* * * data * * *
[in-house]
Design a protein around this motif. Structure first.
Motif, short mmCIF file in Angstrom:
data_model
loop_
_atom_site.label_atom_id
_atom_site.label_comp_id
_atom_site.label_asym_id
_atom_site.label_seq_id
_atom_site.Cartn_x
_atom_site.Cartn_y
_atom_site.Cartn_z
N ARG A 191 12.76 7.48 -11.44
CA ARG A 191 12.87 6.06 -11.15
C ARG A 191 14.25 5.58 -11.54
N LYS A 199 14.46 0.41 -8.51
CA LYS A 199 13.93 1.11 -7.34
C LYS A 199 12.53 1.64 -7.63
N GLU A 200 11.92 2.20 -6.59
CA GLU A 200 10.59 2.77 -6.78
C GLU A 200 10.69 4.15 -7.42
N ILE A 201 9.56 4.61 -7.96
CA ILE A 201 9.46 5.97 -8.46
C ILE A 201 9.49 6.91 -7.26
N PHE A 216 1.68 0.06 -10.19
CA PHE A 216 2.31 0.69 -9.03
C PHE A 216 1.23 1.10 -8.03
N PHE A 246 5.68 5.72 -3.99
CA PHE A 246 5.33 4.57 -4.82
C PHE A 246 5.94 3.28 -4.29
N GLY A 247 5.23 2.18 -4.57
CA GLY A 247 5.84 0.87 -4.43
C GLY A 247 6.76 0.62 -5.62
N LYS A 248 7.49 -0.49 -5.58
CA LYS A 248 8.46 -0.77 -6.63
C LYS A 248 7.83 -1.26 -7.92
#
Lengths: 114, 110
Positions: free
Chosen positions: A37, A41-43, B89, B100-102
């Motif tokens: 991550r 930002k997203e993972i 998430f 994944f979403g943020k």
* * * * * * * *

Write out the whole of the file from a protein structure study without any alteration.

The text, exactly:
[in-house]
Design a protein around this motif. Structure first.
Motif, short mmCIF file in Angstrom:
data_model
loop_
_atom_site.label_atom_id
_atom_site.label_comp_id
_atom_site.label_asym_id
_atom_site.label_seq_id
_atom_site.Cartn_x
_atom_site.Cartn_y
_atom_site.Cartn_z
N ARG A 191 12.76 7.48 -11.44
CA ARG A 191 12.87 6.06 -11.15
C ARG A 191 14.25 5.58 -11.54
N LYS A 199 14.46 0.41 -8.51
CA LYS A 199 13.93 1.11 -7.34
C LYS A 199 12.53 1.64 -7.63
N GLU A 200 11.92 2.20 -6.59
CA GLU A 200 10.59 2.77 -6.78
C GLU A 200 10.69 4.15 -7.42
N ILE A 201 9.56 4.61 -7.96
CA ILE A 201 9.46 5.97 -8.46
C ILE A 201 9.49 6.91 -7.26
N PHE A 216 1.68 0.06 -10.19
CA PHE A 216 2.31 0.69 -9.03
C PHE A 216 1.23 1.10 -8.03
N PHE A 246 5.68 5.72 -3.99
CA PHE A 246 5.33 4.57 -4.82
C PHE A 246 5.94 3.28 -4.29
N GLY A 247 5.23 2.18 -4.57
CA GLY A 247 5.84 0.87 -4.43
C GLY A 247 6.76 0.62 -5.62
N LYS A 248 7.49 -0.49 -5.58
CA LYS A 248 8.46 -0.77 -6.63
C LYS A 248 7.83 -1.26 -7.92
#
Lengths: 114, 110
Positions: free
Chosen positions: A37, A41-43, B89, B100-102
């Motif tokens: 991550r 930002k997203e993972i 998430f 994944f979403g943020k």